A Guide for the Perplexed

We hope this guide will facilitate a visitor's initial exploration of the site. With the above highlighted names of Poirrier family members in hand, you may now begin your efforts by clicking on one of two buttons, "Search" or "People", on our Home page. The "People" button is perhaps the easiest initial path to follow. You will find a "Biographical Index" on this page which will introduce you to some of the major protagonists whose letters are to be found on the site. These biographical sketches will be updated as old letters are edited and new letters are added to the site.

Next, click on "Search Biographies" and then under the "Select a Name" pull-down menu, click on one of the Poirriers and then clicking on "Find Biographies" and again clicking on their names will yield some summary but indispensable biographical information.

Most importantly, a column list of "Relevant Documents" both authored and received by your subject will appear. Like the spreading branches of a tree, clicking on the names of people who either authored or received letters from your subject will yield their biographies and their "Relevant Documents".

All in all, this procedure will provide you a birds-eye view of a great deal of what is currently on site. By either noting down the accession number of any particular letter, or a subject's ID number, you may return to the Home page and use the "Search" - "Full Text Search" mechanism to access a letter or all the letters of a particular subject.

But, however encompassing a bird's-eye view may be, it probably will not provide an adequate direction to your continued explorations. Biographical information situates our subjects in time, place, occupation and affiliation but what is invaluable about so many of these letters is what they tell us about what our subjects experienced and how they experienced it, what they thought or felt about what happened to them as agents acting and being acted upon and finally about those events, structures and institutions which influenced them in their daily lives.

In short, how do you discover a "reason" for reading any one or many of these letters? Here is where the "Search" mechanism of our site is absolutely indispensable. Clicking on the "Search" button on our Home page will yield two paths: "Full Text Search" and "Search Options". We have already explained the way "Full Text Search" can be put to use. Once you have decided on a direction to your explorations, you can call up a range of letters by name or date.

How do you arrive at a question to ask about the individuals who are on this site, how do you deepen your exploration? To do that you will need to take full advantage of at least one of the "Search Options" offered you once you click the "Search" button. The two options most valuable in this effort are those to be checked off in the "Subject" and/or the "Document Type" boxes. Checking the "Subject" box and then clicking on the "Modify Search Option" will yield a pull-down menu which somewhat resembles the index of a book. It comprises over one hundred and ten entries referencing persons, aspects, things, events or institutions described or discussed in any particular letter. The content of this subject list, indeed of all the pull-down lists under "Search Options" are continuously enlarged as more letters are transcribed but the Subject and Document Type lists are also constantly modified to more accurately reflect what is in each letter. Furthermore, by using the "Match all" or "Match Any" options for combining searches under more than one of these lists, you can isolate a number of relationships, constants and regularities reflected in the correspondance of our subjects. Similarly, the Document Type list can organize your search by providing you with a baker's dozen of inclusive categories that supplement or generalize what is to be found under the more specific Subject list.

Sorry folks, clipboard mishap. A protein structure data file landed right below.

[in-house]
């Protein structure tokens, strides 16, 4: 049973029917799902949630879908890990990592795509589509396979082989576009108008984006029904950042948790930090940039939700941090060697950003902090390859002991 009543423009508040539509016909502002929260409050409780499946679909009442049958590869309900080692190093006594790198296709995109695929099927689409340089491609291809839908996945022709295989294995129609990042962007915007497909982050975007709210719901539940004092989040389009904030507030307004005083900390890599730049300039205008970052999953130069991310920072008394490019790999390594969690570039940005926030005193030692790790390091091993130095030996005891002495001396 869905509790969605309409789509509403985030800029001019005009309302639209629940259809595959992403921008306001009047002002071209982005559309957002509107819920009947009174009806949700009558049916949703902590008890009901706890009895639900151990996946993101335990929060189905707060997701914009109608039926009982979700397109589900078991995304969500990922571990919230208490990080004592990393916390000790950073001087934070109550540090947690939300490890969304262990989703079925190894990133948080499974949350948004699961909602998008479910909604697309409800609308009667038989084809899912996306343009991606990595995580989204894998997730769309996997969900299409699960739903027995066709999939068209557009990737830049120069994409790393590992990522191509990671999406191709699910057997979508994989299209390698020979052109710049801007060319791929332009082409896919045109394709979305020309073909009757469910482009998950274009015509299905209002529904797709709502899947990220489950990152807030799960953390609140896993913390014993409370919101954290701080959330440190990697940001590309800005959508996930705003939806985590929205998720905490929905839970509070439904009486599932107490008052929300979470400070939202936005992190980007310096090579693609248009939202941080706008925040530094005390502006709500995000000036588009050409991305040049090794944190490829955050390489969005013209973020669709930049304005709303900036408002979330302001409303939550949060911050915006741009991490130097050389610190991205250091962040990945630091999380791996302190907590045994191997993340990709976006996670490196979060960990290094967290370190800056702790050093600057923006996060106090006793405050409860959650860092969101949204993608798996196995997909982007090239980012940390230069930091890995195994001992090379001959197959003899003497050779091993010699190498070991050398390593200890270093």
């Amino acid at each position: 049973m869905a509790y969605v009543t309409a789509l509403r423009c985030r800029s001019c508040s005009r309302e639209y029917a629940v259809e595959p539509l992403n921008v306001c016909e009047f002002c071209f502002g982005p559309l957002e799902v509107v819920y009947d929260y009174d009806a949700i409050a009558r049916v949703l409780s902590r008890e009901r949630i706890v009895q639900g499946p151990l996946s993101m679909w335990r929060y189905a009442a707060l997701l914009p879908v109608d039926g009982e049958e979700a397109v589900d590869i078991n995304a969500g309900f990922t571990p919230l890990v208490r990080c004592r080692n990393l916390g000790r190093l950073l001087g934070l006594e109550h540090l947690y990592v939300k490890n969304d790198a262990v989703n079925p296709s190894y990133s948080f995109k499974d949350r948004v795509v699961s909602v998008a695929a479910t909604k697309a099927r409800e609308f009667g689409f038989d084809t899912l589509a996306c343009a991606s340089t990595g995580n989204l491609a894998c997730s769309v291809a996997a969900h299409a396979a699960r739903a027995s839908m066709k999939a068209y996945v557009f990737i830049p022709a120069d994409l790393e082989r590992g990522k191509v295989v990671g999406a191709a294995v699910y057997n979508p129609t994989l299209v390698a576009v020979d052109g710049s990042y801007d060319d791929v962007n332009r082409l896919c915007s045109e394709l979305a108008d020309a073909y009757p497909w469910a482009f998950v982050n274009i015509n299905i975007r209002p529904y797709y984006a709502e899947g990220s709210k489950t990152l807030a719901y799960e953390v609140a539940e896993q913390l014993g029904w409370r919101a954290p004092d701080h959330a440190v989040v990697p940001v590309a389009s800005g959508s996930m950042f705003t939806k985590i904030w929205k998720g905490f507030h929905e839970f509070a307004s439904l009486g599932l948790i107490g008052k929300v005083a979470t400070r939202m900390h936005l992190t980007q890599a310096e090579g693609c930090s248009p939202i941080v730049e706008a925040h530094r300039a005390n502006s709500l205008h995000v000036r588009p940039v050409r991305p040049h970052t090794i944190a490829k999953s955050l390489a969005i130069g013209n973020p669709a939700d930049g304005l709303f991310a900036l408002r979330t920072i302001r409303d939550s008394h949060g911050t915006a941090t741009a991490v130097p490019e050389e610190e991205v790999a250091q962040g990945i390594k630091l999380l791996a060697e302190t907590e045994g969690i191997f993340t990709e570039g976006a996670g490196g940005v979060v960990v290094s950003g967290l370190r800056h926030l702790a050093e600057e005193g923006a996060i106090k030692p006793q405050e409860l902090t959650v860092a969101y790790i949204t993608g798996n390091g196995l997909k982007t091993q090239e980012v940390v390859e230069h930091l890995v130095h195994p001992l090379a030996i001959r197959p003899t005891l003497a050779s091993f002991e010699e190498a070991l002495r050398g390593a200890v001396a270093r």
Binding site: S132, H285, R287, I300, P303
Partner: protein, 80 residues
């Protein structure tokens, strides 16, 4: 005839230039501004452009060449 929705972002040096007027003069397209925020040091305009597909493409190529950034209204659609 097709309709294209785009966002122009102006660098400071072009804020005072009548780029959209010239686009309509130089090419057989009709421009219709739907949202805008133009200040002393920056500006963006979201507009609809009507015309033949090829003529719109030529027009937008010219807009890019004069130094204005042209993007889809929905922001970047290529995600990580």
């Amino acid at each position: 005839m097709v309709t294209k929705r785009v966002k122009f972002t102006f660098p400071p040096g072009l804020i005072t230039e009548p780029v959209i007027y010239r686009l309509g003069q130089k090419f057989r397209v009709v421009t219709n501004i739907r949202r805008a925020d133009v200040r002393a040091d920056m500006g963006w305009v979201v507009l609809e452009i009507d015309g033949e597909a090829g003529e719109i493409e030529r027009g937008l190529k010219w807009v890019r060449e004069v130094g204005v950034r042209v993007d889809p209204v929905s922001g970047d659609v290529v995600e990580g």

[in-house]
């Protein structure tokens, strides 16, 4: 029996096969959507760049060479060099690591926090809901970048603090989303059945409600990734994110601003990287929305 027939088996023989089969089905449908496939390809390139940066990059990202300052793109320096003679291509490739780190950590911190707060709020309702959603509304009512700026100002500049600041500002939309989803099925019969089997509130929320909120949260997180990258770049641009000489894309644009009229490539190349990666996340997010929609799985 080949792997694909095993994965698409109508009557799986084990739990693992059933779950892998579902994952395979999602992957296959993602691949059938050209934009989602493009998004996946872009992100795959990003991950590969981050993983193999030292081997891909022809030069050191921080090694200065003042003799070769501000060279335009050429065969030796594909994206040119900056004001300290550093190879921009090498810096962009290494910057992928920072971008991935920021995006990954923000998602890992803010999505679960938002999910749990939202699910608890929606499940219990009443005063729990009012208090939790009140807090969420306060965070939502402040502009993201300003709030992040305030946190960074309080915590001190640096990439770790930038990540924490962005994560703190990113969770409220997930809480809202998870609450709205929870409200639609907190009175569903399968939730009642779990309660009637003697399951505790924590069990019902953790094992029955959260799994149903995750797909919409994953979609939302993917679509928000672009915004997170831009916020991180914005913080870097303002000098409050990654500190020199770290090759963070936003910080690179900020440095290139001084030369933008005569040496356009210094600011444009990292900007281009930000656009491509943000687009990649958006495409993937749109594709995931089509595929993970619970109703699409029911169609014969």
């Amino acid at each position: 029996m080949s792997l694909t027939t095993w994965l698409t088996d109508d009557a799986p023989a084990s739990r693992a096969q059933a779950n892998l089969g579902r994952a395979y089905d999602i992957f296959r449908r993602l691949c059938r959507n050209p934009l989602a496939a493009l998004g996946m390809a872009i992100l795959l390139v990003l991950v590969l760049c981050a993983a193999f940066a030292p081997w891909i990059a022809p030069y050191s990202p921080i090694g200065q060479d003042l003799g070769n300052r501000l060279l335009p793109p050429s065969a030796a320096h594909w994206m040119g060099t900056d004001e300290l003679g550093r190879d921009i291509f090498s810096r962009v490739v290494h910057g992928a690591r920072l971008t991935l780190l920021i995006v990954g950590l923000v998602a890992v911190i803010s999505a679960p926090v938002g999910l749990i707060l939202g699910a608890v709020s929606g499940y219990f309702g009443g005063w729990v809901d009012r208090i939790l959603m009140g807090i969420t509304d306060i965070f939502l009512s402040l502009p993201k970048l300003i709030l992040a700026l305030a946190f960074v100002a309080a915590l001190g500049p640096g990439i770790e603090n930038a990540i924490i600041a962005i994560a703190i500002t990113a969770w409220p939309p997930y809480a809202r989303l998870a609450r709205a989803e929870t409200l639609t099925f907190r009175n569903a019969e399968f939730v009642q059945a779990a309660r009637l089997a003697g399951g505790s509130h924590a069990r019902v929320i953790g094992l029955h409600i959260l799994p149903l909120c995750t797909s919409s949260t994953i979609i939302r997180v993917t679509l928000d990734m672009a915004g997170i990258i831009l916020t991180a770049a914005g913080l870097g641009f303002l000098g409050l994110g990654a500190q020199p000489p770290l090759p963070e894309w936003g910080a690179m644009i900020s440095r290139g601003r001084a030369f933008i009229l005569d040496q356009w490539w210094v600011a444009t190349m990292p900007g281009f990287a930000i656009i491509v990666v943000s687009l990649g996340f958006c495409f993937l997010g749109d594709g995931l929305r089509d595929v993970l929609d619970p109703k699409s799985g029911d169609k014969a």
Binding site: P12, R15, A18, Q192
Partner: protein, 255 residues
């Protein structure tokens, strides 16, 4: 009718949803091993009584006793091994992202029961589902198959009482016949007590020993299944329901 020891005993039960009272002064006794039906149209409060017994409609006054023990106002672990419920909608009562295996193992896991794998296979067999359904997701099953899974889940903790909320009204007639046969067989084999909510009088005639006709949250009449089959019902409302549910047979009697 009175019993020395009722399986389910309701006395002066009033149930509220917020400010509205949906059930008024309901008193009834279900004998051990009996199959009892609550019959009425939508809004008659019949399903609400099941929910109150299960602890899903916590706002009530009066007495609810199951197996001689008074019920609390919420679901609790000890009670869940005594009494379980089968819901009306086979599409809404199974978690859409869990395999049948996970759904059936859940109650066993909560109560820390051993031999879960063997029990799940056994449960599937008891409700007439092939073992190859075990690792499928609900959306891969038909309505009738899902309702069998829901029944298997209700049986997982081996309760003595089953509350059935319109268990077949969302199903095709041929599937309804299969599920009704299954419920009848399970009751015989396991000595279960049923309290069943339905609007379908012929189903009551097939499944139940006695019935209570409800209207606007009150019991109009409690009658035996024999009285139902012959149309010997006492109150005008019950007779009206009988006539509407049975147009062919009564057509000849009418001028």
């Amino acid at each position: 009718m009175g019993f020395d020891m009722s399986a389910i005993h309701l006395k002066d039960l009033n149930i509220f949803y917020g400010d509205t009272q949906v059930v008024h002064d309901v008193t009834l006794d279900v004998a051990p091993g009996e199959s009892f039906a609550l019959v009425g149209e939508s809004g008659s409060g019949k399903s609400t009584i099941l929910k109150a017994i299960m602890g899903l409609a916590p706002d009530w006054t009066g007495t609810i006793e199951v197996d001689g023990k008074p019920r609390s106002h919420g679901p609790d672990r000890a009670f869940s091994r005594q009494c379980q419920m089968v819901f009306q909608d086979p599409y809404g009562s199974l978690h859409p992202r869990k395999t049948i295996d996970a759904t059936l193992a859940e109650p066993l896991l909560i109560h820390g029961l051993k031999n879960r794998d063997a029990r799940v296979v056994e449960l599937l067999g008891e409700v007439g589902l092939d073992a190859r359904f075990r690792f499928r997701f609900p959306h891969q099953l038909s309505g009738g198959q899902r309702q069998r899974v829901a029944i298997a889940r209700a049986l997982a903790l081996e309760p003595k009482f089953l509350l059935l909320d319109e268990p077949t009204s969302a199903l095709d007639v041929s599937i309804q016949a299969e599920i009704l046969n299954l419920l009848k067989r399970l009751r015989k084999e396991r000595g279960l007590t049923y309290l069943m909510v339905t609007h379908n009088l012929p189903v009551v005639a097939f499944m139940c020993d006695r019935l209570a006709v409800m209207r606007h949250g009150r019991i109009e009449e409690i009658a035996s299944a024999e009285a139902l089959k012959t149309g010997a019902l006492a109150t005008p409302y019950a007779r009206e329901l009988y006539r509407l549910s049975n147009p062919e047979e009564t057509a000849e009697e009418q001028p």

Other "Search Options" provide a variety of services, from telling you how many and which of the letters have been scanned or translated, to organizing a search by a date(s) or location(s) sent or received. Probably the two you will likely most use once you have fixed the direction(s) of your research, are the "Person" and the "Series" boxes. Under the Person option, type in a name; specifying "Author", "Recipient" or "Cited". This will yield a list of the relevant letters. The Series option does something similar for the Person option as the Document Type option did for the Subject option - it organizes any individual subject's letters on site into Author or Recipient folders and, in some cases, isolates a particular content category.